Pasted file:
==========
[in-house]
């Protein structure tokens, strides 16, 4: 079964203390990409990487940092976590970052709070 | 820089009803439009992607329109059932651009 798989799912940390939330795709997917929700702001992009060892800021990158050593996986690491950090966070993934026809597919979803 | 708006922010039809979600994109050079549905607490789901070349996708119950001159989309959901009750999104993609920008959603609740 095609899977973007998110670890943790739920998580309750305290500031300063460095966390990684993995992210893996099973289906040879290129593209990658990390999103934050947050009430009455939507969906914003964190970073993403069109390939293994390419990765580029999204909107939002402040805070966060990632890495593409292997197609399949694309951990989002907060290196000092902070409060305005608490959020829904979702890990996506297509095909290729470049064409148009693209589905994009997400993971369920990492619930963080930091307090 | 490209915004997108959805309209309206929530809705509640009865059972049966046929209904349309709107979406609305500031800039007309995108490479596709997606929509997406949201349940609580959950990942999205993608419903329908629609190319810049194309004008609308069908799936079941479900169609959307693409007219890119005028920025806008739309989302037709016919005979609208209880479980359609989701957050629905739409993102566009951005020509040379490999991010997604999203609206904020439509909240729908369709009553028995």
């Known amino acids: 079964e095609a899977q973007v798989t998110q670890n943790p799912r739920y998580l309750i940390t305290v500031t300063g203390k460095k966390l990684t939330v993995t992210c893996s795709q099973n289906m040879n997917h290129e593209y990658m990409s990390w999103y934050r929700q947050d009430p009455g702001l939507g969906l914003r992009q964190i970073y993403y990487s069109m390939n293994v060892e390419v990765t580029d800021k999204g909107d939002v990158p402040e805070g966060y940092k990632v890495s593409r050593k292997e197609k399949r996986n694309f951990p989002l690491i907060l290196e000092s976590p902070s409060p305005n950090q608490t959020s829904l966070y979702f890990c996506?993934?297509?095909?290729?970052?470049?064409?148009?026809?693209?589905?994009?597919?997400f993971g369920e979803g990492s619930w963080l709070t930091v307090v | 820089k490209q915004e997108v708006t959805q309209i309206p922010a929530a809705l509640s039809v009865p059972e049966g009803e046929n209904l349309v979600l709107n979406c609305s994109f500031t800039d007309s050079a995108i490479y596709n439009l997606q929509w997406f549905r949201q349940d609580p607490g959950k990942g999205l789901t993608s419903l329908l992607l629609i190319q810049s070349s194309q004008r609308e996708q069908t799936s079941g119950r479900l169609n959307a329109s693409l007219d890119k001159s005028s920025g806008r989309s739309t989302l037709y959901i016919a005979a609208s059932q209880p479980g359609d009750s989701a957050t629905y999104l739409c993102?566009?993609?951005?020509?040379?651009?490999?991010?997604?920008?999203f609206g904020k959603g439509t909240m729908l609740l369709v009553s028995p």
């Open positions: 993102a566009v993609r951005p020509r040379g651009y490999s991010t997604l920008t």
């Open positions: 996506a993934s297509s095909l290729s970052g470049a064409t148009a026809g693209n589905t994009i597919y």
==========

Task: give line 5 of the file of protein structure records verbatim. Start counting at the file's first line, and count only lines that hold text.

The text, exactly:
């Open positions: 996506a993934s297509s095909l290729s970052g470049a064409t148009a026809g693209n589905t994009i597919y």